VIJAYAWADA: Is the prestigious Godavari-Penna Rivers Interlinking Project taken up by the Chandrababu Naidu government, foolhardy? Irrigation experts question when there is not enough water, how is the project going to sustain? They also ask how will the government mobilise the required funds for the project since it claims from rooftops that the State is in a financial crisis.
On the other hand, the Chief Minister N Chndrababu Naidu’s detractors say the project is a scheme to gobble up valuable land and fatten the pockets of the contractors.
“Godavari water brought from Pattiseema Lift Irrigation Scheme to Krishna river was not sufficient to cater to the needs of Krishna delta. So much so the officials were forced to draw water from Pulichintala and Nagarjuna Sagar project for the Kharif season. However, it too proved to be insufficient. Under such circumstances, from where are the officials proposed to bring water for the first phase of Godavari-Penna link project? From where are the 7,000 cusecs of water to be drawn? Would it be at the cost of Krishna delta?” questioned Y Nagendranath, a top irrigation expert in the State.
He said the design of the existing Polavaram Right Main Canal (PRMC) is in such a way that discharge rate at the point where Godavari water joins Krishna is 11,165 cusecs. “The water drawn from the Godavari river needs to cater to the ayacut under Chintalapudi Lift Irrigation (8,000 cusecs), Krishna delta (12,000 cusecs) and now another 7,000 cusecs for NSP right canal. Whom to give and whom to deny?” According to him, the PMRC capacity has to be improved to at least 25,000 cusecs discharge rate at the merging point of the Krishna river itself to cater for all those three places. “But, would it be possible? It has taken years and several crores for the present PRMC and even then there are some issues that need to be taken care of. Another irrigation expert on the condition of anonymity said there would be objections raised by the upper riparian States. Moreover, one also needs to consider the holding capacity at Prakasam Barrage, which is not more than 3 TMC. If the discharge rate is increased up to 25,000 cusecs, will it hold, he asked. “The increase in capacity of PRMC to 25,000 cusecs is only when we take the first phase and it could increase when the later phase of Godavari-Penna project are taken into consideration,” he said.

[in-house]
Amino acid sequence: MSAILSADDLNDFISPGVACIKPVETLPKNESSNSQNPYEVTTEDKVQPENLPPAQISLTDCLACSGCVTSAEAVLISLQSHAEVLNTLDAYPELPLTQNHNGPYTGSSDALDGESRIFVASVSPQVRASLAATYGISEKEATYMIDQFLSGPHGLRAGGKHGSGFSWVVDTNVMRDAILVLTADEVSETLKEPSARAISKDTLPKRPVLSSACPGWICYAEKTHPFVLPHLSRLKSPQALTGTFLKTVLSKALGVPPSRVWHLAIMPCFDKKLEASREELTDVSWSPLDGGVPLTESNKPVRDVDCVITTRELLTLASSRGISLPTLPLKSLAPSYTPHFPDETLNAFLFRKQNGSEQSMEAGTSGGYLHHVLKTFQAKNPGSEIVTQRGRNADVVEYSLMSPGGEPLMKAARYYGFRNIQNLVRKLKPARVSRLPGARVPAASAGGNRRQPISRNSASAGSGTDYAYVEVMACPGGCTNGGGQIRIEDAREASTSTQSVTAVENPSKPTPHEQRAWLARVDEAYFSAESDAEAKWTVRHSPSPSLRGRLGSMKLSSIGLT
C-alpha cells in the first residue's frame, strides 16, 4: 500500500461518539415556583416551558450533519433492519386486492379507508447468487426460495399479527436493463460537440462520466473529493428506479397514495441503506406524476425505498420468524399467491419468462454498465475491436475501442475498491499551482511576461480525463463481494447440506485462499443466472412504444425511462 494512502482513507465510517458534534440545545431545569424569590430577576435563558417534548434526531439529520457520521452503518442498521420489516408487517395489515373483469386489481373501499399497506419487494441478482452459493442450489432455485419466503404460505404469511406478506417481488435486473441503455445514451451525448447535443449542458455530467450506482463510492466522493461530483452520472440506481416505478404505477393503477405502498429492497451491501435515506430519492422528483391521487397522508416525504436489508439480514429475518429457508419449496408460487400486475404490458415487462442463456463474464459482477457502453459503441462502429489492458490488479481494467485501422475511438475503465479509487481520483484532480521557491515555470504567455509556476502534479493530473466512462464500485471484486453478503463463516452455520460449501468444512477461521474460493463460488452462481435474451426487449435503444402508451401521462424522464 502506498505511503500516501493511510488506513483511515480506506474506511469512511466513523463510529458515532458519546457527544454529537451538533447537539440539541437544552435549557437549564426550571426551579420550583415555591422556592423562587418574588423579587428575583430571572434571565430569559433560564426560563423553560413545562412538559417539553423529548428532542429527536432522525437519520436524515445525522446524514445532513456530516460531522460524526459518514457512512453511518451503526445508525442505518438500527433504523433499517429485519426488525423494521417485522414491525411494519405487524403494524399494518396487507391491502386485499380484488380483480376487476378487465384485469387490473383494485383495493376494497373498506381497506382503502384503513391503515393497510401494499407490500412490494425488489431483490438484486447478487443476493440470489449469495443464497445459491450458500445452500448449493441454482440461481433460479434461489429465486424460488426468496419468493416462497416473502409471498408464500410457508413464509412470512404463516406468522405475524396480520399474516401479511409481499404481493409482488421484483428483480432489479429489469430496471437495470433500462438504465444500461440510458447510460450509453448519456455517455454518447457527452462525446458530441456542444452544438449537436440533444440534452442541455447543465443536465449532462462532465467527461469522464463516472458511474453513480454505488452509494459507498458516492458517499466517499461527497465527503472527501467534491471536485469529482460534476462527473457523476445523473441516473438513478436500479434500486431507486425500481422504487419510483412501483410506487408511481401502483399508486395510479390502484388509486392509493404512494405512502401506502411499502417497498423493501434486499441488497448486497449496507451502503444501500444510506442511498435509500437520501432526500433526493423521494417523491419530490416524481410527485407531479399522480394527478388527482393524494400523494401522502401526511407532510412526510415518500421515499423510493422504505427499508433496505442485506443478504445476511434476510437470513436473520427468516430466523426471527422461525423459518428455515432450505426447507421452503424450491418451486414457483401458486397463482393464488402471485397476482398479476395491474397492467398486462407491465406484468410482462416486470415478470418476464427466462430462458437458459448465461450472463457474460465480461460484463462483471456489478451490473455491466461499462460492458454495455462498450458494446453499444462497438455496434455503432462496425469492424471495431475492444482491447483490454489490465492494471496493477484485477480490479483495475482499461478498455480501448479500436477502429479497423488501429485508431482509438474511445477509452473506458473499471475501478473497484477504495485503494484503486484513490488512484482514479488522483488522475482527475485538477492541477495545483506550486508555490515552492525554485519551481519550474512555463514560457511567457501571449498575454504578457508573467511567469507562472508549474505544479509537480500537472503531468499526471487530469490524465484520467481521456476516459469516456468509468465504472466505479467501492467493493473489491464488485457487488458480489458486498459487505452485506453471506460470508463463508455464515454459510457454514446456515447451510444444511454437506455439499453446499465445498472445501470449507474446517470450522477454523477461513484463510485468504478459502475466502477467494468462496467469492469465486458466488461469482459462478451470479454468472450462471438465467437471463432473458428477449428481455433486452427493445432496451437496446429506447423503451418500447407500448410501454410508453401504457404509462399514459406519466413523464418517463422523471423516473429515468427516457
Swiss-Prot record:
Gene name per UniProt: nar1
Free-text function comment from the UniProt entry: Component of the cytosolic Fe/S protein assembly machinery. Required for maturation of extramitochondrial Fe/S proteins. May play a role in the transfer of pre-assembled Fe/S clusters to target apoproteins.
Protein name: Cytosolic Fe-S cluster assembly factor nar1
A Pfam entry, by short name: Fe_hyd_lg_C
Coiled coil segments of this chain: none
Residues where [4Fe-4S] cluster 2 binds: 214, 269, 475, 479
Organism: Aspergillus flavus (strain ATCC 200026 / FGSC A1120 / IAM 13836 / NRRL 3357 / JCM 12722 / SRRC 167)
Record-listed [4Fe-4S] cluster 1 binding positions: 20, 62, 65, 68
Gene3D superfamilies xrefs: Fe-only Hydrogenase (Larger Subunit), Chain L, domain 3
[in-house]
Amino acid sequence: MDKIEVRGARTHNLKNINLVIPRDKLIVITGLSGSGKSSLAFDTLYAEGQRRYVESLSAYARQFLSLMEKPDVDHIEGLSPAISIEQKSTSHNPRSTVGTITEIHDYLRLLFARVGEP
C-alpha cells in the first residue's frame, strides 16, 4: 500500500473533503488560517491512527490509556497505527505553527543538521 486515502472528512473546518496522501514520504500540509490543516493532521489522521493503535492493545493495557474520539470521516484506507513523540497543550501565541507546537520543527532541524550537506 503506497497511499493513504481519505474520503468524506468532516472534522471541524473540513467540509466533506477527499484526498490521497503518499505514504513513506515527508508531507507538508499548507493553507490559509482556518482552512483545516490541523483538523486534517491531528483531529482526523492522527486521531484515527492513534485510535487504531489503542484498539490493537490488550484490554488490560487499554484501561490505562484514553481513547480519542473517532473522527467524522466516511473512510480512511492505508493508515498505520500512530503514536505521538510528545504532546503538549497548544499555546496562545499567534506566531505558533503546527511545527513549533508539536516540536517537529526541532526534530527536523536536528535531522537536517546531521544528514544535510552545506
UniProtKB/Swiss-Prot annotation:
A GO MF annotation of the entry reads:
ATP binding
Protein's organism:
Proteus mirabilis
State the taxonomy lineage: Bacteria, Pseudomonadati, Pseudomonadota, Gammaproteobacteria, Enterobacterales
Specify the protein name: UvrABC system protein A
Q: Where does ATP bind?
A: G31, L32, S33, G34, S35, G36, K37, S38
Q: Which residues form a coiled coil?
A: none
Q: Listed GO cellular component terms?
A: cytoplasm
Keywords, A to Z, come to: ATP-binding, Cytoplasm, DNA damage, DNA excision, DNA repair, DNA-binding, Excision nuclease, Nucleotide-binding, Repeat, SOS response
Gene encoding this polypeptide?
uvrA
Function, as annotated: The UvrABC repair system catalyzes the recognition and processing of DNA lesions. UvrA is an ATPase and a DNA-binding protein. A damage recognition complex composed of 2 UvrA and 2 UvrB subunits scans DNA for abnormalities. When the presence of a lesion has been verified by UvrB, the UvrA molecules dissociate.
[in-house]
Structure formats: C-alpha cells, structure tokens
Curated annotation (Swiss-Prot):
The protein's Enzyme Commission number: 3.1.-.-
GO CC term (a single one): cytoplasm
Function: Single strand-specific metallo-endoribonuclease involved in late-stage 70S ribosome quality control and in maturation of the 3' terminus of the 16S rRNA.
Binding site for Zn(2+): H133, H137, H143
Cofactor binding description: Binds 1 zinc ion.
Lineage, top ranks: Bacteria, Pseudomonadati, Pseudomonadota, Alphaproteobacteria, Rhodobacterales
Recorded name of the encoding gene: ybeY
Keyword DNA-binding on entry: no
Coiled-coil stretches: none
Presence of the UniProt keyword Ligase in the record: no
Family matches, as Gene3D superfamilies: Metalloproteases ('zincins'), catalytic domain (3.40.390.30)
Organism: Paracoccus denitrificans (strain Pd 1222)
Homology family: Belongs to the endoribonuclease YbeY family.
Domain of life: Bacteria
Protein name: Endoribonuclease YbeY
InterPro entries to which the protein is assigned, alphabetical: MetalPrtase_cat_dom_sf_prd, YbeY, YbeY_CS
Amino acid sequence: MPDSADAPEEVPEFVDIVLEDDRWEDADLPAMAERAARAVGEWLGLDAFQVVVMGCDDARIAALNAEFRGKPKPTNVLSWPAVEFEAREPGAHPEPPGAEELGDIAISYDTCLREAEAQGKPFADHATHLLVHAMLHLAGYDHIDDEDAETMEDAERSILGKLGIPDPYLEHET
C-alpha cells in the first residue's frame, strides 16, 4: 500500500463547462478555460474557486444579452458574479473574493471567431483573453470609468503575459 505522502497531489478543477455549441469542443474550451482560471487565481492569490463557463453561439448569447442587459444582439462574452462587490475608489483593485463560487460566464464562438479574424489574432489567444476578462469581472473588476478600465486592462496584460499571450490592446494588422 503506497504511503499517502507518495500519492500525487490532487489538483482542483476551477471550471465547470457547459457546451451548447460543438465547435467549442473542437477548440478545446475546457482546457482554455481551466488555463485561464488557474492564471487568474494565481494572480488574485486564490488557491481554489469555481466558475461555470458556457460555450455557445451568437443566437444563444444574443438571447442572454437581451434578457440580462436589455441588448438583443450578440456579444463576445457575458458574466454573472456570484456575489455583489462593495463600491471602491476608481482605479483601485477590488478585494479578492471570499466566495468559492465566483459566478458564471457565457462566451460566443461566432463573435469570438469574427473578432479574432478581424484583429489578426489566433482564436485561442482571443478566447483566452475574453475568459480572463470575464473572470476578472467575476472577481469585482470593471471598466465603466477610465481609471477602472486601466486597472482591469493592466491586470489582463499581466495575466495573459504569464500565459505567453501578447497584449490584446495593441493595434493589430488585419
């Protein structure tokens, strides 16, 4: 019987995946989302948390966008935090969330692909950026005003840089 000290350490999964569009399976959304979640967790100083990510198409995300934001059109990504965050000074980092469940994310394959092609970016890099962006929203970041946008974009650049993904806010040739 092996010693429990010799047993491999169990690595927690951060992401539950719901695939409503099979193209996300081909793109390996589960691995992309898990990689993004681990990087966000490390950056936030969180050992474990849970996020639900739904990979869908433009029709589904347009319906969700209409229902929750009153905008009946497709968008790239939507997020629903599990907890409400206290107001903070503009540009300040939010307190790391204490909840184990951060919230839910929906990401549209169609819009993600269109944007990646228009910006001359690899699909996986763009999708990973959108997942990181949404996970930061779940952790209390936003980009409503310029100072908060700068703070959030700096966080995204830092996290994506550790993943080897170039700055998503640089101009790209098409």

MVS Nagireddy, former member of the Indian Council of Agricultural Research and farmer wing president of YSRC party, wondered why the TDP government was acting against the interests of the State. “There is an assured water of 130 TMC for the ayacut under Nagarjuna Sagar Right Canal in Guntur and Prakasam district. Instead of fighting for the rights of the ayacut, the government is now bringing water from the Godavari to this ayacut by spending a fortune. But, the question is Godavari water will be brought to NSP right canal ayacut at what cost? ” he questioned.
He explained that as per Bachawat Tribunal Award, out of the 80 TMC of water drawn from Polavaram Project for Krishna river, 45 TMC of share will be for Maharashtra and Karnataka and another 19 TMC will go to Telangana. The same ratio would apply for the water drawn from the Godavari over and above 80 TMC. “In a sense, we are giving a readymade excuse to upper riparian States to justify their illegal encroachment of our assured water,” he said.
Detractors of the TDP government say that Naidu is known to come up with such grand projects before elections. He did the same with Veligonda project, HNSS, and GNSS. He laid the foundation stones for these projects before elections and even today, they are not complete, they say. They advise the TDP government to strive for legalising the share of river water for Rayalaseema region, as the projects in the region are dependent on surplus water.
On the other hand, Irrigation department officials claim that the first phase of Godavari-Penna rivers interlinking project was designed and construction was taken up after taking everything into consideration. “Though the idea was mooted two years ago, we waited till now to study the technicalities including Bachawat award,” Secretary (Irrigation) Shashibushan Kumar said, during foundation stone laying of the project.
A few pertinent questions
When there is not enough water, how is the project supposed to sustain?
How will the government mobilise funds for the mega project (`90 crore estimated cost of project)
First phase cost: `6,020 crore at a time when the government claims the State is in a financial crisis
Naidu detractors say the project will only gobble up lands and fatten pockets of contractors